The pious historians of the early Christian times state, as a rule, only what the saints did and suffered for the Faith, and how they died. They deemed the martyrs’ glorious combat and their victorious entrance into heaven more instructive, and therefore more important, than a lengthy description of their lives.
Hence we know little of the native place and the youth of Saint Erasmus, except that at the beginning of the fourth century of the Christian era he was bishop of Antioch in Asia Minor, the city where the name of “Christian” first came into use. When a long and cruel persecution broke out under the Emperor Diocletian, Saint Erasmus hid himself in the mountains of the Libanon, and led there, for some years, an austere life of penance and fasting. Finally he was discovered and dragged before the judge.
At first, persuasions and kindness were employed to induce him to deny the Faith, but when these efforts failed recourse was had to the most cruel torments. He was scourged, and finally cast into a caldron filled with boiling oil, sulphur, and pitch. In this seething mass God preserved him from harm, and by this miracle many spectators were converted to the Faith. Still more enraged thereat, the judge ordered the holy bishop to be thrown into prison and kept there in chains till he died of starvation. But God delivered him, as He had once delivered Saint Peter. One night an angel appeared to him and said: “Erasmus, follow me! Thou shalt convert a great many.” Thus far he had led numbers to the Faith by suffering, now he was to convert multitudes as a missionary.
Delivered from prison by the power of God, he went forth into many lands and preached the Faith. Mighty in word and deed, he wrought many miracles and converted great numbers of heathens. At length he came to Italy, where Emperor Maximin persecuted the Christians as fiercely as did Diocletian in the East. As soon as Maximin heard of Erasmus and the conversions effected by his preaching and miracles, he ordered the slaughter of three hundred of the converts. Erasmus himself was most cruelly tortured, but to no purpose. He remained firm. Then cast into prison, he was again liberated by an angel.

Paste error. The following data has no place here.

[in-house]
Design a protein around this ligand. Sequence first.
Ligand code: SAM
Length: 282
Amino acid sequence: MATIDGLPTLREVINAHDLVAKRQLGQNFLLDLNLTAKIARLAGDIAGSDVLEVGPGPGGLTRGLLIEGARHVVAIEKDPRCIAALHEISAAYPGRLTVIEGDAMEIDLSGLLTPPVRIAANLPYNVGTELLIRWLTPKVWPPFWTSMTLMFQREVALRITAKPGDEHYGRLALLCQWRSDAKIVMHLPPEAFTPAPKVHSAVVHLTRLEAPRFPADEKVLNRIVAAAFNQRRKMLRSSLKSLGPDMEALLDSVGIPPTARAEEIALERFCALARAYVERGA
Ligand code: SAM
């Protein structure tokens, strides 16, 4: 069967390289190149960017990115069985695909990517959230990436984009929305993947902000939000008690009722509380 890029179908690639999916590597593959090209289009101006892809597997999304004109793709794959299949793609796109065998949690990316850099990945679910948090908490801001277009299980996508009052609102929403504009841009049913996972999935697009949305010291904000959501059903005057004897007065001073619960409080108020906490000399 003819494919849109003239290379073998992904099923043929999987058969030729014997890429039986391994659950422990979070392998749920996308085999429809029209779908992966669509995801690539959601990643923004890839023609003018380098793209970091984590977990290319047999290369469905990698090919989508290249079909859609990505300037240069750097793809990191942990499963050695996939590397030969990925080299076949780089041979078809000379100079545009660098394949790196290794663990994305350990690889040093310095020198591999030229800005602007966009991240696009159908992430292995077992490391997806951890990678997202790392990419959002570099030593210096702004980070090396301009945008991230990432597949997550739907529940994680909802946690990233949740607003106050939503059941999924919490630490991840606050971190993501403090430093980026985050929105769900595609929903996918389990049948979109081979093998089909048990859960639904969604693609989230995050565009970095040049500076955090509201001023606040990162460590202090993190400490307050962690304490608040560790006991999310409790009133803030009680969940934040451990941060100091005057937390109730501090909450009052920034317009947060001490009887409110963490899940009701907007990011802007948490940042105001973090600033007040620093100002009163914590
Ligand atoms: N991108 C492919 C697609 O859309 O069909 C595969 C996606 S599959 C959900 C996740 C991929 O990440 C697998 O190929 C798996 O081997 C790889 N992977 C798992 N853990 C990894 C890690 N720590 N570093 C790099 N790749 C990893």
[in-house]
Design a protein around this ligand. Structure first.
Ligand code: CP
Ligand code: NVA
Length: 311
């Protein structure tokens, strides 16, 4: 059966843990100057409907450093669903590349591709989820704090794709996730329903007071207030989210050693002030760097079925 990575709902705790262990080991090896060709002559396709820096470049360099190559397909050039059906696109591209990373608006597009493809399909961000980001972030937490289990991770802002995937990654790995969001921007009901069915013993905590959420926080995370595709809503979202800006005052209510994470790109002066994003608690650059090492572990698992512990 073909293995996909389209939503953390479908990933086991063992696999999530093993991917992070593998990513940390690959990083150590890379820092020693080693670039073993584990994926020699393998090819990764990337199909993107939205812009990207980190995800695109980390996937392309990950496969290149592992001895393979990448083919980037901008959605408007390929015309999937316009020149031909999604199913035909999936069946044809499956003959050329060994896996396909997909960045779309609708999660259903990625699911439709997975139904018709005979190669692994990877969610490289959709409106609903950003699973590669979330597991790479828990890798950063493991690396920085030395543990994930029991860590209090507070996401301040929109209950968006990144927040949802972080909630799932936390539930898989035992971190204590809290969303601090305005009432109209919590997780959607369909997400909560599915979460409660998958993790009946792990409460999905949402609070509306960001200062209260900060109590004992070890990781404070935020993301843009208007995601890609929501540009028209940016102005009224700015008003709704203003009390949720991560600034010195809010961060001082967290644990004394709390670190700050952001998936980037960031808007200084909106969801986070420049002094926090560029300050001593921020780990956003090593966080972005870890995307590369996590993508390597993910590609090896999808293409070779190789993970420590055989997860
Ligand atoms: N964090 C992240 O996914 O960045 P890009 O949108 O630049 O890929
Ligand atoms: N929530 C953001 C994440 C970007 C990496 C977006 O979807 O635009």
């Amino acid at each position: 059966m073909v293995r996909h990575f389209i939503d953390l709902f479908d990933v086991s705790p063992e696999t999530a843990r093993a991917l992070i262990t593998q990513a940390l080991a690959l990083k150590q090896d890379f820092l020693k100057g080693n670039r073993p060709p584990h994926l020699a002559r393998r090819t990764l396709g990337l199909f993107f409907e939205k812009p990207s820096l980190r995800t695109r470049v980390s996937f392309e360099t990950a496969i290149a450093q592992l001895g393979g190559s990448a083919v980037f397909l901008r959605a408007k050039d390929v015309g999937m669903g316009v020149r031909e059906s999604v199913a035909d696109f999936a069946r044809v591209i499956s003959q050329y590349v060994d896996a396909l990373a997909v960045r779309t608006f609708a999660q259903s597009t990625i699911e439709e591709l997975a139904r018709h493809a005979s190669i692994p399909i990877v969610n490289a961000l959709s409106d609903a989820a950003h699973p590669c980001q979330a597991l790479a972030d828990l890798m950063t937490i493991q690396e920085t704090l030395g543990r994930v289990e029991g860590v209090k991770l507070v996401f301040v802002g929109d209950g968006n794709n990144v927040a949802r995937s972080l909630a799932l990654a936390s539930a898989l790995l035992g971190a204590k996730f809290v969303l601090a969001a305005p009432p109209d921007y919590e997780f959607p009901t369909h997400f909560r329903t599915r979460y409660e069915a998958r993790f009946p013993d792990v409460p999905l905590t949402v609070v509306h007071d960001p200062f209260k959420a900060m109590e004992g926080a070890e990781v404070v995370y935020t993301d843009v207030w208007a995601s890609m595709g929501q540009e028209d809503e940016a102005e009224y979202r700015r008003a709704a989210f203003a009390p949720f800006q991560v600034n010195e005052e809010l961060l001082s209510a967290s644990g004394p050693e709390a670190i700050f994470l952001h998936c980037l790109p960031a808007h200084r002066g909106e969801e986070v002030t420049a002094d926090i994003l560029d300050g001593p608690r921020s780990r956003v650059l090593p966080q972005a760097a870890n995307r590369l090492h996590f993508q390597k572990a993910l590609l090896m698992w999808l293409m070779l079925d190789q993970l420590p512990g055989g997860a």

At last the hour of deliverance came to this valiant and apostolic confessor and martyr of Christ. He heard a heavenly voice, saying: “Erasmus, come now to the heavenly city and rest in the place which God has prepared for thee with the holy martyrs and prophets. Enjoy now the fruit of thy labor. By thee I was honored in heaven and on earth.” Erasmus, looking toward heaven, saw a splendid crown, and the apostles and prophets welcoming him. He bowed his head, saying: “Receive, O Lord, the soul of thy servant!” and peacefully breathed forth his spirit on June 2, 308.
The tortures which Saint Erasmus suffered for the Faith seem almost incredible, and the events related of him are truly wonderful. Martyrdom and miracles illustrated the doctrine he preached; he converted multitudes and gained the crown of heaven.
Perhaps you say that in our times there are no longer any martyrs, at least not in civilized countries. Are you quite sure of it? Saint Augustine writes: “Peace also has its martyrs.” It is certainly not easy to suffer torments like the martyrs and to receive finally the death-dealing blow of the sword. But is it not also a martyrdom to suffer for years the pains of a lingering illness? Again, how difficult the combat with the world, the flesh, and the powers of hell! How carefully must we watch and pray to gain the victory! This is our martyrdom. Let us imitate the example of the holy martyrs in bearing the trials and sufferings of life, and we shall receive, as they did, the crown of heaven.
Prayer of the Church
O God, who dost give us joy through the memory of Thy holy martyrs, graciously grant that we may be inflamed by their example, in whose merits we rejoice. Through Christ our Lord. Amen.